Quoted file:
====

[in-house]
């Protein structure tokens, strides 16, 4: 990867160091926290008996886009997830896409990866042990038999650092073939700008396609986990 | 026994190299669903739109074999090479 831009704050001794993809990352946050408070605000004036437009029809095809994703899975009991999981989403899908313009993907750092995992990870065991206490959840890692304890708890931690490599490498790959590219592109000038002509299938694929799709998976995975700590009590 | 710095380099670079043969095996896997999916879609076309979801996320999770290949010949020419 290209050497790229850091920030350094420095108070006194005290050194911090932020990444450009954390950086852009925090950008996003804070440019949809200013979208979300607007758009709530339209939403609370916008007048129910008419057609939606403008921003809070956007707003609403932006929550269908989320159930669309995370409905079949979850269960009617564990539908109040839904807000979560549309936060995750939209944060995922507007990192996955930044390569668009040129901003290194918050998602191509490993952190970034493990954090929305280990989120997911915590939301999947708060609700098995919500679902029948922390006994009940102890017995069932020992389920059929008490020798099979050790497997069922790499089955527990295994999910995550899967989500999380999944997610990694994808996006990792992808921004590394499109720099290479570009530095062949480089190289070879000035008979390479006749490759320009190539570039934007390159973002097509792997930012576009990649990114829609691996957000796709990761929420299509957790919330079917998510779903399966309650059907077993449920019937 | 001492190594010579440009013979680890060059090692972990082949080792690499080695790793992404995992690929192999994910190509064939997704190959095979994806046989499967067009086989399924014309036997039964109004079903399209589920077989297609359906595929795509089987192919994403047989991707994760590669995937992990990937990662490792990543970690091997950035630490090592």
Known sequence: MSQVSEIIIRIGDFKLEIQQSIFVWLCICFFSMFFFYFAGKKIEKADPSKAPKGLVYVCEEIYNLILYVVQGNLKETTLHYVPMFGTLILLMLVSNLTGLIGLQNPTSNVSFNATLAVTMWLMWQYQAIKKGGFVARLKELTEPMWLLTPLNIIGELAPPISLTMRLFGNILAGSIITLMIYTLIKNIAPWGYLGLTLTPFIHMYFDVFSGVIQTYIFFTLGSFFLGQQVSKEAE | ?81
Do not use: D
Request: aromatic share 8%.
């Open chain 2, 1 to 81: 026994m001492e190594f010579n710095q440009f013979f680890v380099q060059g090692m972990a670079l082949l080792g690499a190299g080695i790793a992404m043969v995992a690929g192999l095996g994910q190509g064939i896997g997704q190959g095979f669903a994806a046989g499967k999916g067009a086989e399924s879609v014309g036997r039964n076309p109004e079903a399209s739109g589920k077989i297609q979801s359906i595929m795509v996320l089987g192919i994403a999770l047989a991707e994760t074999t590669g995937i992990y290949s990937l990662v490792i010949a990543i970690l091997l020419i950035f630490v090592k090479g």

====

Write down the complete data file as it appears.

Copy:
[in-house]
């Protein structure tokens, strides 16, 4: 990867160091926290008996886009997830896409990866042990038999650092073939700008396609986990 | 026994190299669903739109074999090479 831009704050001794993809990352946050408070605000004036437009029809095809994703899975009991999981989403899908313009993907750092995992990870065991206490959840890692304890708890931690490599490498790959590219592109000038002509299938694929799709998976995975700590009590 | 710095380099670079043969095996896997999916879609076309979801996320999770290949010949020419 290209050497790229850091920030350094420095108070006194005290050194911090932020990444450009954390950086852009925090950008996003804070440019949809200013979208979300607007758009709530339209939403609370916008007048129910008419057609939606403008921003809070956007707003609403932006929550269908989320159930669309995370409905079949979850269960009617564990539908109040839904807000979560549309936060995750939209944060995922507007990192996955930044390569668009040129901003290194918050998602191509490993952190970034493990954090929305280990989120997911915590939301999947708060609700098995919500679902029948922390006994009940102890017995069932020992389920059929008490020798099979050790497997069922790499089955527990295994999910995550899967989500999380999944997610990694994808996006990792992808921004590394499109720099290479570009530095062949480089190289070879000035008979390479006749490759320009190539570039934007390159973002097509792997930012576009990649990114829609691996957000796709990761929420299509957790919330079917998510779903399966309650059907077993449920019937 | 001492190594010579440009013979680890060059090692972990082949080792690499080695790793992404995992690929192999994910190509064939997704190959095979994806046989499967067009086989399924014309036997039964109004079903399209589920077989297609359906595929795509089987192919994403047989991707994760590669995937992990990937990662490792990543970690091997950035630490090592």
Known sequence: MSQVSEIIIRIGDFKLEIQQSIFVWLCICFFSMFFFYFAGKKIEKADPSKAPKGLVYVCEEIYNLILYVVQGNLKETTLHYVPMFGTLILLMLVSNLTGLIGLQNPTSNVSFNATLAVTMWLMWQYQAIKKGGFVARLKELTEPMWLLTPLNIIGELAPPISLTMRLFGNILAGSIITLMIYTLIKNIAPWGYLGLTLTPFIHMYFDVFSGVIQTYIFFTLGSFFLGQQVSKEAE | ?81
Do not use: D
Request: aromatic share 8%.
């Open chain 2, 1 to 81: 026994m001492e190594f010579n710095q440009f013979f680890v380099q060059g090692m972990a670079l082949l080792g690499a190299g080695i790793a992404m043969v995992a690929g192999l095996g994910q190509g064939i896997g997704q190959g095979f669903a994806a046989g499967k999916g067009a086989e399924s879609v014309g036997r039964n076309p109004e079903a399209s739109g589920k077989i297609q979801s359906i595929m795509v996320l089987g192919i994403a999770l047989a991707e994760t074999t590669g995937i992990y290949s990937l990662v490792i010949a990543i970690l091997l020419i950035f630490v090592k090479g």